6 Signs of a Weak Restaurant Franchisor

The Burger King going public transaction this week marked not only another organizational odyssey point for that storied brand--the fourth since 2002, and reminded us what's going in the restaurant franchising space.

A 1000 unit development plan for China and a 500 development plan for Russia were just announced as part of the Burger King pre-going public marketing.

This is somewhat reminiscent of the 1960s and 1970s era of US restaurant development, where big swaths of the country were sold off to area developers, and not all chains took the effort required to build and sustain the necessary brand and systemic business foundation.

On June 19, 2012, Hedgeye Risk Management, a Wall Street research firm, sponsored an experts call in forum focused on the quality of restaurant franchising. Hedgeye outlined six red flag indicators of weak restaurant franchisors, as reproduced below.

Weak Franchisors.jpg

The common denominator to all of the reg flags are: dysfunctional ownership, corporate and store level economics system problems.

It's said that potential franchisees are sophisticated investors, but here is food for thought during the due diligence phase before your next investment.

This article is cross-posted from the International Association of Franchisees and Dealers news site.

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The gulf between strong restaurant franchisors and weak

The following is related to John Gordon's article on the importance that private investors give to franchisee performance. It is a release to the media from Hedgeye, which makes the point that franchisee performance should be very important to private equity firms.The press release, titled Franchising: Fools Gold, follows:

Hedgeye Restaurant Sector Head Howard Penney hosted a conference call with industry expert John Hamburger on Tuesday to discuss the risks revolving around heavily franchised restaurants. The main takeaway is that franchisors are realizing that it’s easier to sit back and collect royalty payments than to own and operate a store, but areas of difficulty in the industry have arisen that plague weakly franchised companies.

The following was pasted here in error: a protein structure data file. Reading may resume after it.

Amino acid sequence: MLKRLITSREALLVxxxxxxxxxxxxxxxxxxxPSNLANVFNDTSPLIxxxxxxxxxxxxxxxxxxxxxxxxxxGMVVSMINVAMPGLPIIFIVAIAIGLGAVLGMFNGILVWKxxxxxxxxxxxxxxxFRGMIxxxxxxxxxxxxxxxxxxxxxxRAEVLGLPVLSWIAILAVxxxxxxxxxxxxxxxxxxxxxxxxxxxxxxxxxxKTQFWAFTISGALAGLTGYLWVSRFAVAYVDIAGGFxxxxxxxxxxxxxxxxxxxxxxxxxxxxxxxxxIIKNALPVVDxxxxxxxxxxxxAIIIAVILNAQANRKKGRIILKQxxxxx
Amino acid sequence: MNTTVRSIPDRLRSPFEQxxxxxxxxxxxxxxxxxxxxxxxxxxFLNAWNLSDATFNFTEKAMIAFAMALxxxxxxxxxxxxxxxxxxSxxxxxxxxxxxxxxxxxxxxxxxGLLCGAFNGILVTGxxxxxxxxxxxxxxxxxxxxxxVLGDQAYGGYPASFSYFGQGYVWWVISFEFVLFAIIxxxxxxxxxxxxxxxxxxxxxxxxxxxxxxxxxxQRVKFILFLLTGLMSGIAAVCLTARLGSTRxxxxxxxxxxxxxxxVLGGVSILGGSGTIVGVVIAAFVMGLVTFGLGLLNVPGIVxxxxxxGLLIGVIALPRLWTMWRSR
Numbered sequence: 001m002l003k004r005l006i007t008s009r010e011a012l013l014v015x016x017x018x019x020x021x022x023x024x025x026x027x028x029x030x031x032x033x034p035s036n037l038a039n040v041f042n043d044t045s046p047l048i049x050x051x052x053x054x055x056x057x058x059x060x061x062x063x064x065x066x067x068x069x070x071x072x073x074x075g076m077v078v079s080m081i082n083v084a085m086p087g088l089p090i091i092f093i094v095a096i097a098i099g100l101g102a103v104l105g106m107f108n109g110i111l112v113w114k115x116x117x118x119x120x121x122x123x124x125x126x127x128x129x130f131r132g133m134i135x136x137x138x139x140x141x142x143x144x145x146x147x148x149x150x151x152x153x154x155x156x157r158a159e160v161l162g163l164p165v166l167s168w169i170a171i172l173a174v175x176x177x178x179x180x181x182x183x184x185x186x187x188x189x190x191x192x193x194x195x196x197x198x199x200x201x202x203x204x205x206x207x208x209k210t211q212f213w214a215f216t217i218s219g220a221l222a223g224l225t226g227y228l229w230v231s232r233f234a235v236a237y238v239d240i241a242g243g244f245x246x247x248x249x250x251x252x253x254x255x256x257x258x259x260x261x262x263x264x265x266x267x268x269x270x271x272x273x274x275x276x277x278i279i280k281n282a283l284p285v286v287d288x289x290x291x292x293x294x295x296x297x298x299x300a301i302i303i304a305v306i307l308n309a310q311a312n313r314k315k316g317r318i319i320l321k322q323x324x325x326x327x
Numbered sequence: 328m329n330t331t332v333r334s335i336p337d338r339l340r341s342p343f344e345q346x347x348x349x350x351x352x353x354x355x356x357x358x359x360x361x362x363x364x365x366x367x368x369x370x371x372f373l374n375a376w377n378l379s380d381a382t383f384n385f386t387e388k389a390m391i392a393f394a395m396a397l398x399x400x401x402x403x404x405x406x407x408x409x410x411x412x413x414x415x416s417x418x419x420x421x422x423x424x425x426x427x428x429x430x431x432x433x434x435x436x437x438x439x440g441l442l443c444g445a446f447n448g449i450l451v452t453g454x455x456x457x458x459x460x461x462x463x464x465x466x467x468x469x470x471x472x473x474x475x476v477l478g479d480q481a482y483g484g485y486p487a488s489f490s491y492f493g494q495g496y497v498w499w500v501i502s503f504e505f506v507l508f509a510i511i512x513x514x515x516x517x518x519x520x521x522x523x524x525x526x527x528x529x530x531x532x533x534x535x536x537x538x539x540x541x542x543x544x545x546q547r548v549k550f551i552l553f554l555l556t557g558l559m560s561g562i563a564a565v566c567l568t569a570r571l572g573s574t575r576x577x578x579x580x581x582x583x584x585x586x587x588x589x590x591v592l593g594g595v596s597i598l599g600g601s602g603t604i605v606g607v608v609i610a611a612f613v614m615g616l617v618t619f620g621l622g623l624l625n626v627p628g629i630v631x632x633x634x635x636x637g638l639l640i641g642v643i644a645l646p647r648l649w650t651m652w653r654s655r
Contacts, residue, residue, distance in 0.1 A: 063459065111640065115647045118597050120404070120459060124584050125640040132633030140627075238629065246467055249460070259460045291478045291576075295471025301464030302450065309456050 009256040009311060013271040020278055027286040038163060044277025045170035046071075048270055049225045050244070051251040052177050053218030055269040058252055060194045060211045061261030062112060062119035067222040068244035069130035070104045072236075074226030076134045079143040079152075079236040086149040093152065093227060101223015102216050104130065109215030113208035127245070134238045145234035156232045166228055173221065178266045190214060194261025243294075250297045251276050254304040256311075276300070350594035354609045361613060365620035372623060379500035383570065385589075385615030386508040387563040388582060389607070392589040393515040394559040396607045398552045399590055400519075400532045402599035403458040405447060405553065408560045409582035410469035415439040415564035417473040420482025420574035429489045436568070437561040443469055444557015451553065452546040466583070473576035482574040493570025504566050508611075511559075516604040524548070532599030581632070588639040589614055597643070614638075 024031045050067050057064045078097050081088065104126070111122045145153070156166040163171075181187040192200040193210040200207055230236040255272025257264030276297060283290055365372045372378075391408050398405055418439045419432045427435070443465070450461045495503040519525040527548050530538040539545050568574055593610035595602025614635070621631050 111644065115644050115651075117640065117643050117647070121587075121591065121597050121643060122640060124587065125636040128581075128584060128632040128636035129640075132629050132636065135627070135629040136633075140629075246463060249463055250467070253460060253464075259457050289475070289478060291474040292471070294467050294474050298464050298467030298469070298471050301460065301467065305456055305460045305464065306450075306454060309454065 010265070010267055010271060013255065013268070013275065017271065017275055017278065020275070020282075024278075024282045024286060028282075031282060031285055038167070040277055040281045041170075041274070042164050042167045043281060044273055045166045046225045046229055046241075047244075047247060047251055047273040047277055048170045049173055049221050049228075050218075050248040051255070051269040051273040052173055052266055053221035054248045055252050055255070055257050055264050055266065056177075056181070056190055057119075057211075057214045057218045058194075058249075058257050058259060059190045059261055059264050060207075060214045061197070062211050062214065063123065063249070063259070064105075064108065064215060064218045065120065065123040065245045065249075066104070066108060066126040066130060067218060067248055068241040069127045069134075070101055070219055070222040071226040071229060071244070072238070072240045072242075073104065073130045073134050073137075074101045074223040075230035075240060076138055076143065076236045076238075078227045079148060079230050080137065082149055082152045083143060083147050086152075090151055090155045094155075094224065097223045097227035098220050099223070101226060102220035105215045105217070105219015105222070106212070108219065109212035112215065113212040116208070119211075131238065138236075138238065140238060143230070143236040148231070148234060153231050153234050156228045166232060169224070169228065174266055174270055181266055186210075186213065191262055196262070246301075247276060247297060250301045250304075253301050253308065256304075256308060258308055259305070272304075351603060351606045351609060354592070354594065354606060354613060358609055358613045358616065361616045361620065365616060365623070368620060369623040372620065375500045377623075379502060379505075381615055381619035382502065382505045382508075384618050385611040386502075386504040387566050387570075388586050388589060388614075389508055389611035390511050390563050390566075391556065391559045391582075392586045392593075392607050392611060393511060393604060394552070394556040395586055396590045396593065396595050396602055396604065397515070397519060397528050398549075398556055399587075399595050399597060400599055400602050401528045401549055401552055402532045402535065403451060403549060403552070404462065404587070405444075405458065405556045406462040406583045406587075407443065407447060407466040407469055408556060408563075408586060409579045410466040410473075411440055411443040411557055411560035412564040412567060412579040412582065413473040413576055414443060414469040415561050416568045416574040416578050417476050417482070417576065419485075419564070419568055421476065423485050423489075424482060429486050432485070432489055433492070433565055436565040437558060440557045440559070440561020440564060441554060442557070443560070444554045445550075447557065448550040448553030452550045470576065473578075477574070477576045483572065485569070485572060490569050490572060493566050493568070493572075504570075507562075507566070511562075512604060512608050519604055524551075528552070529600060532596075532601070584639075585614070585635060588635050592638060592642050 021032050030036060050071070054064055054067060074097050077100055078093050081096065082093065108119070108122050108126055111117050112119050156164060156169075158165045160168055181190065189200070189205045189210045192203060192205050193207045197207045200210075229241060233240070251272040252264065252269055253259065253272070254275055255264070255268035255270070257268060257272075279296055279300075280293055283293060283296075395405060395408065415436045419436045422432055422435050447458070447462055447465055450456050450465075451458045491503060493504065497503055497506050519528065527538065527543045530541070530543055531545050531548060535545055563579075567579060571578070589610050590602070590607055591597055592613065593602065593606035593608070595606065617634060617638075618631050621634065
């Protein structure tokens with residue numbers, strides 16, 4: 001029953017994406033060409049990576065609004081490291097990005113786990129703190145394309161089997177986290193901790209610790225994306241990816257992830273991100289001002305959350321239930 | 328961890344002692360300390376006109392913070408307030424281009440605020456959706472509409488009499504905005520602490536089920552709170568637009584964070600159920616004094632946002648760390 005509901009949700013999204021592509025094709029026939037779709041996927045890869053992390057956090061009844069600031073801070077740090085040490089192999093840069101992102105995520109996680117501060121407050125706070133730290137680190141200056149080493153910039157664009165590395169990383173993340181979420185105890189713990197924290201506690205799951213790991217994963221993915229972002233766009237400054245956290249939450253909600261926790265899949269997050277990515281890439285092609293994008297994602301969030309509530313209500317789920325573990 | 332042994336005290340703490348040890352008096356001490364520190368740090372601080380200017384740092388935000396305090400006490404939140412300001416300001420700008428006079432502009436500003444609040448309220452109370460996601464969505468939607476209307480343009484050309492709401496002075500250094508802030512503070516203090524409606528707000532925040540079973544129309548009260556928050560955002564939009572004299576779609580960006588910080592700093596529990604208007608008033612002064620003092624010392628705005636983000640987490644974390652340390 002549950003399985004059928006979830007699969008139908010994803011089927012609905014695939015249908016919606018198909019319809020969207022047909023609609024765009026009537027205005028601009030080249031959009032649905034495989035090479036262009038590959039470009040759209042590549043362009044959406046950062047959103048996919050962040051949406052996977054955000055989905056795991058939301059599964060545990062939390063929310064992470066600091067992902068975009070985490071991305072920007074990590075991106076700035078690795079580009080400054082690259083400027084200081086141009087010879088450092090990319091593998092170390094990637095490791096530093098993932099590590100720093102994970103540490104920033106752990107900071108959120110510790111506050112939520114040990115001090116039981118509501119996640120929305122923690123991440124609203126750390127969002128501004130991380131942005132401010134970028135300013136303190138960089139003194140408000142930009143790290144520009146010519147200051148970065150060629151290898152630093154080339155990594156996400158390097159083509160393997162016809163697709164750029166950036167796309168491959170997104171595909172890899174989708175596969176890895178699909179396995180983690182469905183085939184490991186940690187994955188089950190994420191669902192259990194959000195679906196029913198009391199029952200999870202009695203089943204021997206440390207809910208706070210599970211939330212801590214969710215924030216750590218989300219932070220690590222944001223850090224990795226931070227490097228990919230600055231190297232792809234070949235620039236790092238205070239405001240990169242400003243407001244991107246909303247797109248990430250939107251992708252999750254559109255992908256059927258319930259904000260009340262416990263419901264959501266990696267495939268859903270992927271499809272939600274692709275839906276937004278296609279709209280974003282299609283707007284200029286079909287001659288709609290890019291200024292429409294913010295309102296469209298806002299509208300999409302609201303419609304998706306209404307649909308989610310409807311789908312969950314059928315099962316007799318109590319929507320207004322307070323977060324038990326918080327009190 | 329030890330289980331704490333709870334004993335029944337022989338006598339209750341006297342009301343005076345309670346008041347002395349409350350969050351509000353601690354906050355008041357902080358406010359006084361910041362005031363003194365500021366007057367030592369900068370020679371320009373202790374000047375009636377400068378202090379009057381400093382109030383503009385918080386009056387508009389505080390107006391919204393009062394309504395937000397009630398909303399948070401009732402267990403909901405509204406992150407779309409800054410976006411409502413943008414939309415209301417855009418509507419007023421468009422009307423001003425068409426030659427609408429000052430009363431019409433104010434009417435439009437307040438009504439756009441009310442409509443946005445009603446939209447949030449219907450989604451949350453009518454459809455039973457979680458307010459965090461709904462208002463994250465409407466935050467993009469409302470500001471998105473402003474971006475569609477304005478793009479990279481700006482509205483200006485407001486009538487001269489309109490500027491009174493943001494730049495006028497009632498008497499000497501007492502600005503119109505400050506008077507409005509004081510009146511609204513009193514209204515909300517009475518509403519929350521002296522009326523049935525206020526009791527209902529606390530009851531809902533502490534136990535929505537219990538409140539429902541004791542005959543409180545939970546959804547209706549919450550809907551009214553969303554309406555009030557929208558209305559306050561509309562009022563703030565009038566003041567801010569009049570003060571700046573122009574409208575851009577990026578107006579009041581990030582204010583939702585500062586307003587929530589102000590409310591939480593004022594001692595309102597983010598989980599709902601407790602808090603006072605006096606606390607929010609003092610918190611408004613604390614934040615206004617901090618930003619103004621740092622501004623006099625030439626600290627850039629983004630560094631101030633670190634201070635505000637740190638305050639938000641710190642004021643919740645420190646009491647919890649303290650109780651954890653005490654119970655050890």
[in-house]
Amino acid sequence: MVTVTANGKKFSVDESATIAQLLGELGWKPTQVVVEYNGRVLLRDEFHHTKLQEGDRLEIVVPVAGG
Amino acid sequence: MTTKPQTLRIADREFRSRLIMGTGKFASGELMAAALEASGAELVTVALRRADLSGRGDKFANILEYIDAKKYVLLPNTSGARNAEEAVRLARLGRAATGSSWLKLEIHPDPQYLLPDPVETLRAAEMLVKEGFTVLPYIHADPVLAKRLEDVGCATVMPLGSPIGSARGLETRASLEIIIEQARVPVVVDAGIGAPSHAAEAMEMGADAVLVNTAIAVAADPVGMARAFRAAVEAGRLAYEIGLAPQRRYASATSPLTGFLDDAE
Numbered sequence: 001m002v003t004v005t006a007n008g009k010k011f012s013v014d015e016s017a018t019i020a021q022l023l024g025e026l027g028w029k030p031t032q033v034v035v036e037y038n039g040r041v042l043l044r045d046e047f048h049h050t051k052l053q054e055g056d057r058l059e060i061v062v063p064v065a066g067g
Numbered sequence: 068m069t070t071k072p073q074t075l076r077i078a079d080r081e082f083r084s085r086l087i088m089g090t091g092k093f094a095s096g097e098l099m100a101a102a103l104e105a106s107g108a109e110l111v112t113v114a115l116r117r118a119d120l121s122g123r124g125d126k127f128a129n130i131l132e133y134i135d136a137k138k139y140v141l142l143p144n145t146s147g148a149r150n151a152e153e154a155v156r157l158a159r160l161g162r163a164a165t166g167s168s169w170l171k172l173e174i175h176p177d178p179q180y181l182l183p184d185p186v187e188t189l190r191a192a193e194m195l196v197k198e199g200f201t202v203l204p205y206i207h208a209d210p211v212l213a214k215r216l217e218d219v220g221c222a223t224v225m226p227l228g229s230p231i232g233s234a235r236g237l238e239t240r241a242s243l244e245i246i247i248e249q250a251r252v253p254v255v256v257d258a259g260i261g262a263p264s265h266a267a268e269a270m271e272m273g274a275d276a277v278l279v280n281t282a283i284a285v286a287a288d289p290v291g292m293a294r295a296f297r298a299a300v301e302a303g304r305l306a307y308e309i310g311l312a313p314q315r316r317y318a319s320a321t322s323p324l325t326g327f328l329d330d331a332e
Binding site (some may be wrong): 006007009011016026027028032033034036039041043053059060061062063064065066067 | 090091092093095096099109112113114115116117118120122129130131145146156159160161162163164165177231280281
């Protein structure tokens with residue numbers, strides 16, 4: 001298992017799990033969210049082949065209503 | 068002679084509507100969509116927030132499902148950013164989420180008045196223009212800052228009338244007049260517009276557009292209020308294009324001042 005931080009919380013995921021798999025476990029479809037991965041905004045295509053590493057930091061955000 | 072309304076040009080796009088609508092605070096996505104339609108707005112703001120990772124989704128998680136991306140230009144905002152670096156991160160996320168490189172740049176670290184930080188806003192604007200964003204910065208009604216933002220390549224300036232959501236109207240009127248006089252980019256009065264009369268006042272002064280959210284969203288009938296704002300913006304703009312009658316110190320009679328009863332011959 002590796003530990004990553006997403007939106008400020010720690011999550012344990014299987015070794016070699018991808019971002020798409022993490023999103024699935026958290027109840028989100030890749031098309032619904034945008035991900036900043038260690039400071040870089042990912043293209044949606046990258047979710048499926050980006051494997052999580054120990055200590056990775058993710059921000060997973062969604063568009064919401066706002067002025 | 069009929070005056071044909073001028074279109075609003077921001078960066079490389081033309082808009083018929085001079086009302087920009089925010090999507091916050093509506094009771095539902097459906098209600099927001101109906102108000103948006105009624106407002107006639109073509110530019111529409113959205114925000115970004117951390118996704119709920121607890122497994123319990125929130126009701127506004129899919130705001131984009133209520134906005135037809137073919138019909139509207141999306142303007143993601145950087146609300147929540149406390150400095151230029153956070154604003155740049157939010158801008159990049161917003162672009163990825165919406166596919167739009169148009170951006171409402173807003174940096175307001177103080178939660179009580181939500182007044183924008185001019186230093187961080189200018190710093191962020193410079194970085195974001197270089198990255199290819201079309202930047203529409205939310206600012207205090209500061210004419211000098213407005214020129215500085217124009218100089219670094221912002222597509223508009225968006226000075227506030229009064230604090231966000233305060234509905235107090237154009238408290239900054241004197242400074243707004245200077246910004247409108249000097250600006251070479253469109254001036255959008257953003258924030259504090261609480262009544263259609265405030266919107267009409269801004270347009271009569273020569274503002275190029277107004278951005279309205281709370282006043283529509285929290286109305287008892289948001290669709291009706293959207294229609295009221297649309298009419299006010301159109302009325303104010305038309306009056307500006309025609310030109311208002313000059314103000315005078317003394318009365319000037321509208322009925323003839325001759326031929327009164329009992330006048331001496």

They include, but aren’t limited to:

  • Poor asset quality: concepts that allow their asset bases to unduly deteriorate tend to fall behind and aren’t able to rectify the situation. Cash-hungry private equity firms do not help with the situation as they focus on the cash and not the subsequent consequences.
  • Franchisor/Franchisee disharmony: The disagreements between management and franchisees has been well documented over the years. Communication is more crucial than ever and when a franchisee goes “rogue” by going around corporate-directed rule sets, it raises concerns about the relationship.
  • Inconsistent unit performance: Management teams resorting to short-term, promotional strategies to “dress up” the numbers tend to produce choppy results.


The current turnaround strategy at Burger King and Wendy’s (WEN) have been particularly capital intensive as older stores remodel to comply with the new image management has created for them. To quote John Hamburger: “Half of the current restaurants operated by chains are not at the current prototype standard and it’s very capital intensive when remodeling.”

McDonald’s (MCD) will always be a top dog, but Burger King and Wendy’s have their work cut out for them over the next few years.

Wow.... Where does Quiznos go from here?

Poor unit performance, short term super aggressive promotions, severe cut backs at field and corporate level staff, and a new private equity ownership not making their "nut". Sounds like tough times ahead.